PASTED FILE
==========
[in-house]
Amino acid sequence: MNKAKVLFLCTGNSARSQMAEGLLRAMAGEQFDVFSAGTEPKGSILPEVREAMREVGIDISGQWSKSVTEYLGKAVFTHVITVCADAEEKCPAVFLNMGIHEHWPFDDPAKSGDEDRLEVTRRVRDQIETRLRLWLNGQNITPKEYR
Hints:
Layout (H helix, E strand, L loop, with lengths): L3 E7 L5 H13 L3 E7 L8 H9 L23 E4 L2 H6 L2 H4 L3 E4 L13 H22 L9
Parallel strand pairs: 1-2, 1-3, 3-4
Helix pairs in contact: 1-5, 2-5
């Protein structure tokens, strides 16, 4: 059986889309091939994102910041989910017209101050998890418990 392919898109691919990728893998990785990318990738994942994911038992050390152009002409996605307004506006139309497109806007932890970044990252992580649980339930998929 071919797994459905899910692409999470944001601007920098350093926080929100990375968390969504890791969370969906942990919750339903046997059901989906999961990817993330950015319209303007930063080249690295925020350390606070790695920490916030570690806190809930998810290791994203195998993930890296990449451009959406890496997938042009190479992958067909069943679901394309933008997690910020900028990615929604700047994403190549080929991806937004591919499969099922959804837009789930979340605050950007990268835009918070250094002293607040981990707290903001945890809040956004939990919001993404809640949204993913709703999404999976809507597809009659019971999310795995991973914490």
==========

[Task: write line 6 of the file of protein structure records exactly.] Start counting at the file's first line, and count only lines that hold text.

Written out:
Helix pairs in contact: 1-5, 2-5